Related: Trump business plan casts spotlight on law firm that worked for Russia

What's interesting is that Twitter sentiment indicators for Lockheed shot into negative territory and the company's trading volume spiked even before Trump's tweet, because social media had already gone negative on Lockheed hours earlier. Trump's tweet was just the coup de grace.

One big worry: What if Trump's tweet storms lead to a market that becomes hopelessly reactive to politics instead of economics? A former "bond king," Bill Gross, who runs the $1.7 billion Janus Global Unconstrained Bond Fund, alluded to just that. He compared Trump's penchant for singling out certain corporations and bullying them into changing their practices as redolent of the Italian dictator Mussolini. "Some of these pre-term policies, where [Trump's] cajoling companies to move production back into the United States, that's fine, but it reminds me to some extent of policies in Italy long ago associated with Mussolini and government control of corporate interests," Gross said in an interview with Bloomberg Radio. "I don't want it to go too far."

Of course, it could also go too far in the other direction. "At some point, Trump could lose all credibility, both domestically and internationally, where no one takes him seriously anymore," a London-based trader tells Newsweek on the condition of anonymity because the trader isn't authorized to talk to the press. "Being the president-elect might give his tweets weight now, but that won't necessarily last if he wears out his welcome."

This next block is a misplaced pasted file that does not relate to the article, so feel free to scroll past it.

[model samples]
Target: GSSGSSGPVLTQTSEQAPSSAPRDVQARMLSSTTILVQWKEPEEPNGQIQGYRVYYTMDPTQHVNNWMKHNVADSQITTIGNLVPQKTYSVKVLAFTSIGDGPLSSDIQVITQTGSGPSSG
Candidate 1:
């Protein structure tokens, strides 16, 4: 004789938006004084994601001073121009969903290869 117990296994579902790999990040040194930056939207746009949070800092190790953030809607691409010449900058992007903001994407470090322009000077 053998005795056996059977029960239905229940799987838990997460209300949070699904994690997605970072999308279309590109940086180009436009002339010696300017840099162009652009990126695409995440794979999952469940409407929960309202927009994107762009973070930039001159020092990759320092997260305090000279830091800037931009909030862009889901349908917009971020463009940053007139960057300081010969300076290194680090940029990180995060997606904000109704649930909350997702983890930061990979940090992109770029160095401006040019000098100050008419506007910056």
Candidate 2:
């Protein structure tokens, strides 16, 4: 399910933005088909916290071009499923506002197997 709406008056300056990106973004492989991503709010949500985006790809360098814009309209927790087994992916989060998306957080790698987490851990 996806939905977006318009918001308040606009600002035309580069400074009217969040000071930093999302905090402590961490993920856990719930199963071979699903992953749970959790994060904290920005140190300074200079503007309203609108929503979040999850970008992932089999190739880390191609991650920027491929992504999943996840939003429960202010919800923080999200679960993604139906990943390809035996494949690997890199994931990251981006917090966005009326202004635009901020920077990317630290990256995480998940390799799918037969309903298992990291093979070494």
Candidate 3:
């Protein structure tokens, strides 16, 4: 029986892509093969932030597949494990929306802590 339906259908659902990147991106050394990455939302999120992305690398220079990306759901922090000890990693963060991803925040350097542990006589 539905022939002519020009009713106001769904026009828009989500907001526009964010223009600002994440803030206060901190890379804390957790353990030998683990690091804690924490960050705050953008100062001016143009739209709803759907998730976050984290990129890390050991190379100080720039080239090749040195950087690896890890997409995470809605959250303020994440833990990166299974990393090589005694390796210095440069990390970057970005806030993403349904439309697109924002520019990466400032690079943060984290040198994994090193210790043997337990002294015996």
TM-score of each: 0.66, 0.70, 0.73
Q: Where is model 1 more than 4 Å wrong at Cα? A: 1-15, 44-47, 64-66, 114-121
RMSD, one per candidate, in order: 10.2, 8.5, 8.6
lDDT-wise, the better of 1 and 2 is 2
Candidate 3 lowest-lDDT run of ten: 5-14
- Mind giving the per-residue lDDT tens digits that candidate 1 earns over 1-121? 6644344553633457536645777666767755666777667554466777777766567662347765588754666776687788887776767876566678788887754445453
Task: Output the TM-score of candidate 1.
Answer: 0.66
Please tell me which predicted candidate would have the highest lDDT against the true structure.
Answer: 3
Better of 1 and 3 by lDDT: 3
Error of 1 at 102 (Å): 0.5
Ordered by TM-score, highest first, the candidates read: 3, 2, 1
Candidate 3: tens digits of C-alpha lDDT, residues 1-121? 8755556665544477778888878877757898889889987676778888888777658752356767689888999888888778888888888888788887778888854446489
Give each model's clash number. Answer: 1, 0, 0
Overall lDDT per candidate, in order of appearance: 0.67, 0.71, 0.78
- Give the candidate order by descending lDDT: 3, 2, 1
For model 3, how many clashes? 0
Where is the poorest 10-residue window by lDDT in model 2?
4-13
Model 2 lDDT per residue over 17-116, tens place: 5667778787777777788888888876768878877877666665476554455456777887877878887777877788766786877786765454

On Thursday, Trump abruptly praised L.L. Bean in a tweet after hearing that the granddaughter of the Maine company's founder, Linda Bean, had donated thousands of dollars to a political action committee that supported his presidential campaign. Most of Trump's tweets since winning November's election, however, have been negative. Among the companies he's tweet-bombed in addition to Boeing, Lockheed Martin and General Motors are Amazon, Apple and Carrier, a unit of United Technologies. With this week's presser, Big Pharma is now on his hit list.